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The Daily Wildcat

The Daily Wildcat

 

    Freshman trio a work in progress

    Freshmen Rheya Neabors, left, Marie McGee and Rhaya Neabors have struggled through injuries in their inaugural season at Arizona.
    Freshmen Rheya Neabors, left, Marie McGee and Rhaya Neabors have struggled through injuries in their inaugural season at Arizona.

    Wounds have healed and confidence has been replenished for the three freshmen on the Arizona women’s basketball team.

    Twin forwards Rhaya and Rheya Neabors and guard Marie McGee make up the class of 2010 for the Wildcats. Though UA head coach Joan Bonvicini said that Rhaya has had some “”minor injuries,”” Rheya and McGee have come back from significant injuries.

    Just before a Feb. 8 win over OSU, Rheya returned from a stress fracture in her foot suffered in the Dec. 3 win over Louisiana Tech. McGee was originally released to play the same week from an unspecified foot injury, but lingering pain placed her back in a protective boot until Feb. 18.

    “”It’s feeling good now,”” McGee said after practice Feb. 20 with ice taped around her foot. “”I was so excited to get out of my boot. It’s been almost five weeks. But I was able to take it off (periodically) to wash my foot so it didn’t stink.””

    With the regular season coming to an end in a 59-54 loss to ASU on Saturday, the absence of the two freshmen for the majority of the season has been trying, Bonvicini said.

    “”They have had to journey down a long, frustrating road,”” she said. “”They wanted to get out there and help their team win, but they were physically unable to. It’s hard.””

    Being sidelined was the last thing on their minds coming out of high school.

    Mayfield High won the New Mexico State championship in 2004 and was runner-up in ’05 and ’06 with McGee’s help. The Neabors’ Troy High School in California was ranked No. 4 in the nation. Still, neither school boasted the work ethics of a college program.

    “”Basketballwise, it has been a lot more physical,”” said Rhaya, who is averaging 23.6 minutes in 30 games and 12 starts.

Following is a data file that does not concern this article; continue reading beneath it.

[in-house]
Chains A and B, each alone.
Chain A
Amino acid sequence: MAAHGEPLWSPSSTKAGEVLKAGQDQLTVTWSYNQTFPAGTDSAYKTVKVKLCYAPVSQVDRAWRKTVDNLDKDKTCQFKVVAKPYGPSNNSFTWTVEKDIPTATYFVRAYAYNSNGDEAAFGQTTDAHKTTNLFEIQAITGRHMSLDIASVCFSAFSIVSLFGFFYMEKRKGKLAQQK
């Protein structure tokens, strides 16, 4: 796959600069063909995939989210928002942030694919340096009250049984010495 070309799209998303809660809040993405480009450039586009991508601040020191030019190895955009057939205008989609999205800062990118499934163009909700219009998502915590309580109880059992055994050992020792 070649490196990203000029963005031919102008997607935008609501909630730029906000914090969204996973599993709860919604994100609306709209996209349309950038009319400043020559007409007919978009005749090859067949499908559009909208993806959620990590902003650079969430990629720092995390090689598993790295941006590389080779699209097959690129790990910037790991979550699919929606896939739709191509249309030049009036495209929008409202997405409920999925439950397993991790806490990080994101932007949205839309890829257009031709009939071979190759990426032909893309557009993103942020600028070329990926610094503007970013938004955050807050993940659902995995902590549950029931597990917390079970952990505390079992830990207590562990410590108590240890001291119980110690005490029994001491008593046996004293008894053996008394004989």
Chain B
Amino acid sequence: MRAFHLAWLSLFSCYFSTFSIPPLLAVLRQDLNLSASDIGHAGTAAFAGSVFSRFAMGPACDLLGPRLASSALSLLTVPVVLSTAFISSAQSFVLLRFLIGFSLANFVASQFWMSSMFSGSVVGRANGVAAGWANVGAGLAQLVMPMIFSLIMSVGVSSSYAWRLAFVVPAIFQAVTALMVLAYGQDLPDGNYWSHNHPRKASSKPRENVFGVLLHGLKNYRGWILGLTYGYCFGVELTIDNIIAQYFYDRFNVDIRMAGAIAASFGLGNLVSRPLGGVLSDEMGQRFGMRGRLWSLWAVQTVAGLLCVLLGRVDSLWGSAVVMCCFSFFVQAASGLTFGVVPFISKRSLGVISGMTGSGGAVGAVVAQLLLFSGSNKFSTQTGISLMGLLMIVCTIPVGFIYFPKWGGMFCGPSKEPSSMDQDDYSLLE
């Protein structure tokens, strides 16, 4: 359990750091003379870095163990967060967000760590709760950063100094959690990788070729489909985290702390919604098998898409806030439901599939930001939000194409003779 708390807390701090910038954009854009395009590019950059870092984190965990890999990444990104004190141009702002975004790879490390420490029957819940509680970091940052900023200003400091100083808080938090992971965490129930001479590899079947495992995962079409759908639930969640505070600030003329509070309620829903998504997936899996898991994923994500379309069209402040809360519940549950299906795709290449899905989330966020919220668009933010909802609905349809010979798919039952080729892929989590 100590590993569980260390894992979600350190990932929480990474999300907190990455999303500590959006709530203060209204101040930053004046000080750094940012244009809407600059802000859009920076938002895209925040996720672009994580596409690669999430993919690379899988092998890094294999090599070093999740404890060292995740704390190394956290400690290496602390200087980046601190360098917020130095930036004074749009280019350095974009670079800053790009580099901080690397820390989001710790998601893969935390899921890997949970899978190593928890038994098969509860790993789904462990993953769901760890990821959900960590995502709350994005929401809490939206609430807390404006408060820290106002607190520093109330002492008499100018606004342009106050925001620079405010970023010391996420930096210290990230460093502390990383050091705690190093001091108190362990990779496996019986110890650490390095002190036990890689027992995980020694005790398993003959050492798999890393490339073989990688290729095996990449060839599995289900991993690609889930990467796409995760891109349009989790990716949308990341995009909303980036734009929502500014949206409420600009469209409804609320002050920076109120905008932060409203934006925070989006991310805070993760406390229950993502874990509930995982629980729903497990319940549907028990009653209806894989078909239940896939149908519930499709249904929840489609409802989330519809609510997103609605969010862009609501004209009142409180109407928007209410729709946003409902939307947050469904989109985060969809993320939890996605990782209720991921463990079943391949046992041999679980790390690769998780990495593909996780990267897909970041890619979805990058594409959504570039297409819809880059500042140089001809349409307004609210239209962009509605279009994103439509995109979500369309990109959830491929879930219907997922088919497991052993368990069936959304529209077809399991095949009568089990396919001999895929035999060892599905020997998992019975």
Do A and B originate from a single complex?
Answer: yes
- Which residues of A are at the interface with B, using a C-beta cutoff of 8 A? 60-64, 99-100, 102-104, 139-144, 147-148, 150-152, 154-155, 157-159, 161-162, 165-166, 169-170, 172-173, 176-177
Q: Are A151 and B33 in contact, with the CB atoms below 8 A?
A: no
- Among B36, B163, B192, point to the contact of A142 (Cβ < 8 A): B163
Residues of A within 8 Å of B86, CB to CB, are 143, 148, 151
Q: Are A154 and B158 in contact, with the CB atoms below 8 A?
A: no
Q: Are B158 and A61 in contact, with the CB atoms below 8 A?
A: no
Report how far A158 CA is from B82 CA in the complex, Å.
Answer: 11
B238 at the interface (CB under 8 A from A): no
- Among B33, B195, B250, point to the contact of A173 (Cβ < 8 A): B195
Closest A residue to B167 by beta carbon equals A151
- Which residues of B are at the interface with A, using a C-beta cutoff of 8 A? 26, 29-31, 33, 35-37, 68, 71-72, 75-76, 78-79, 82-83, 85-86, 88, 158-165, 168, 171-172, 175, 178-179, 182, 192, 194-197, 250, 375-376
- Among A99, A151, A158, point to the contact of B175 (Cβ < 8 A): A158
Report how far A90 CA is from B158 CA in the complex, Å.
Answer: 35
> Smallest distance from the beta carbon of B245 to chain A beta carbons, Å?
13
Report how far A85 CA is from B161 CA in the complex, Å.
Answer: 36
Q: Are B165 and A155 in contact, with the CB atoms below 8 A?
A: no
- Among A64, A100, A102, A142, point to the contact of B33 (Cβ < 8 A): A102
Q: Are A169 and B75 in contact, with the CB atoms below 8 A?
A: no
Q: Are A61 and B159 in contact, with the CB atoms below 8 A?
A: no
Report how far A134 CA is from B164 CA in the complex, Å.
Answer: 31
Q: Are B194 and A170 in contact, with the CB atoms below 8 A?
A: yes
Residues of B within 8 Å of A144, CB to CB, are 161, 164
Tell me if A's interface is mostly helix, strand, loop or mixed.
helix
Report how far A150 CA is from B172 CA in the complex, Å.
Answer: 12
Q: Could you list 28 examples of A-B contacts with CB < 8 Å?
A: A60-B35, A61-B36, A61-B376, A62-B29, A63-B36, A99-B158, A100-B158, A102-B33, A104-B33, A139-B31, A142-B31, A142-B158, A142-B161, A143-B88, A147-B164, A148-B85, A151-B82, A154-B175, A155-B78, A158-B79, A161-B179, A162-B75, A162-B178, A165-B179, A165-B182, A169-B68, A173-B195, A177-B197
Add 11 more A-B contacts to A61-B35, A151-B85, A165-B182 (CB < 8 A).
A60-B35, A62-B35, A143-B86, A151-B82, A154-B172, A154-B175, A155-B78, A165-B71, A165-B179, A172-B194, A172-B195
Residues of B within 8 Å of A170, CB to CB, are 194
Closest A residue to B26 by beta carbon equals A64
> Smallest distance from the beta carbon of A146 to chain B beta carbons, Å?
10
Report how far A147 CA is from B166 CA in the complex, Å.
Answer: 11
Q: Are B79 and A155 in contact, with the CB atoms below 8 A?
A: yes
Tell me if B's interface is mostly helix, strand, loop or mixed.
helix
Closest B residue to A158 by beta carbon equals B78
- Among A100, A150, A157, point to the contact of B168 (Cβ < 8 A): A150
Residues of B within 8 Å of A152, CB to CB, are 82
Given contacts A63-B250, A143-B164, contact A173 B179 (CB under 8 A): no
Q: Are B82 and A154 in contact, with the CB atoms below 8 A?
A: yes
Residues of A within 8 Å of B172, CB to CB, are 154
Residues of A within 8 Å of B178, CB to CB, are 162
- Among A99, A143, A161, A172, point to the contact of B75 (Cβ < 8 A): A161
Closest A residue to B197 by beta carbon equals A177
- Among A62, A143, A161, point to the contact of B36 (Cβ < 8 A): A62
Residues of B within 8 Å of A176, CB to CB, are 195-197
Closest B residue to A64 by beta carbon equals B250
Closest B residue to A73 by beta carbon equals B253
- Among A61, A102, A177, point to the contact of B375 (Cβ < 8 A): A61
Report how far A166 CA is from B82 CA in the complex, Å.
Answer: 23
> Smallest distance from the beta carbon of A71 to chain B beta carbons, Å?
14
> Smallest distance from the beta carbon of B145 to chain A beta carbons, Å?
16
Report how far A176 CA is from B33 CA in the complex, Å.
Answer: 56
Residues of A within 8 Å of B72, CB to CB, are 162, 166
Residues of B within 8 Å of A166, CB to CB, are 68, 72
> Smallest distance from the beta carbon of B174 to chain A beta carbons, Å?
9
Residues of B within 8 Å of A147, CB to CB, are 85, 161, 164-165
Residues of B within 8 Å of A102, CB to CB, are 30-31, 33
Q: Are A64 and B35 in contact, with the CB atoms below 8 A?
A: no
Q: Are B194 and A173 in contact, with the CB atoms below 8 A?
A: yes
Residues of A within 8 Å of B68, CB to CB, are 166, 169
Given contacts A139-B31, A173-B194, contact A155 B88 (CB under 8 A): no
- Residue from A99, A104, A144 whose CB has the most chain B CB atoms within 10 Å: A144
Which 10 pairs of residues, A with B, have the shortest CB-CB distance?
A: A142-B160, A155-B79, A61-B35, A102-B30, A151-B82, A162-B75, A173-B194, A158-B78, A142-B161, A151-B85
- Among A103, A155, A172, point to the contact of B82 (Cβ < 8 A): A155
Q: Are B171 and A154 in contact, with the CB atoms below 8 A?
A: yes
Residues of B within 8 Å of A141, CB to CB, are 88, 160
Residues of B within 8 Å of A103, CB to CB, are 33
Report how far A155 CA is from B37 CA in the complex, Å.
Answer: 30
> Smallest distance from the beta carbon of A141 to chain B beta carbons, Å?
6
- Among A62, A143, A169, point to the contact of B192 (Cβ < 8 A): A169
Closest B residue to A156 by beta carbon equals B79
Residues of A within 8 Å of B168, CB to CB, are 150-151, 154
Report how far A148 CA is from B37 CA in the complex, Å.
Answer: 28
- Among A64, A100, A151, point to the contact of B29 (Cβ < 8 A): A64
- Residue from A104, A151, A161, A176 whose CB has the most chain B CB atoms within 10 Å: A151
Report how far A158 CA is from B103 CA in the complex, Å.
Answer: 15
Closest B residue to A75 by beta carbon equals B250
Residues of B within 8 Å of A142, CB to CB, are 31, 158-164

“”In high school it was all pretty much running. But now we lift and it’s pretty physical. Staying healthier is harder. Schoolwise, it’s a million times harder. Juggling school and basketball in high school was a joke and now it’s pretty intense.””

    The 5-foot-9 McGee got her first action since Jan. 6 on Saturday, playing only one minute.

    In addition to her foot injury, McGee had to bounce back from a devastating incident in her senior year of high school. In March, she and her mother were both stabbed by her younger sister Carissa, who was charged with two counts of attempted murder, according to a police report.

    McGee, who hasn’t talked about the incident, said playing for Arizona reminds her of the biggest stage of high school basketball.

    “”To play in front of thousands of fans gives me the same rush that I got when I played in the state finals game at UNM State in high school,”” McGee said. “”You’re also on TV some games. It’s a great atmosphere that stems lots of nerves.””

    Rheya was worked back into the rotation in the OSU victory. The lefty has scored 11 points on 4-of-8 shooting, and has grabbed six boards in 46 minutes off the bench in five games since her return.

    “”They’ve got both Neabors healthy now and they’re doing a good job,”” ASU head coach Charlie Turner Thorne said of the Wildcats in a teleconference Feb. 20.

    As the season decrescendos to an end, the threesome will transition into next season smarter and with quality experience, Bonvicini said.

    The older players help to keep the intensity down for the freshmen and encourage them through their troubled times.

    “”We love them,”” said senior guard Joy Hollingsworth. “”We try to give them advice. Whether it is texting them on the phone or talking to them on AOL Instant Messenger about practice. We cheer them on and encourage them to stay up.””

    Despite the freshman frustration, their skills will increase drastically over the years, pending the status of their health, said senior guard Linda Pace.

    “”Outside of their injuries …; they’re quality players and they’ll learn more as time goes on,”” she said.

    Though it was a disappointing freshman year for Rheya and McGee, the potential for all three to get better is bottomless.

    “”Their futures look bright,”” Pace said. “”It’s crazy how fast their senior years will come.””

    At 6-foot-1 and 6-foot-2, Rhaya and Rheya, respectively, add size to the Arizona roster that it didn’t have last year. The twins, who chose Arizona over Oklahoma because of the “”family atmosphere,”” naturally play well together, and give an advantage to the team as they possess a “”sixth sense,”” Bonvicini said.

    “”It wasn’t what I expected because I expected to be playing more,”” Rheya said with a laugh. “”But it’s been a good experience. Next year is going to be much better.””

    Though she is not a Neabors, McGee feels like part of the family.

    “”The three of us are really similar,”” she said. “”Of course, they’re twins, they’re similar, but I fit into the mix really well.””

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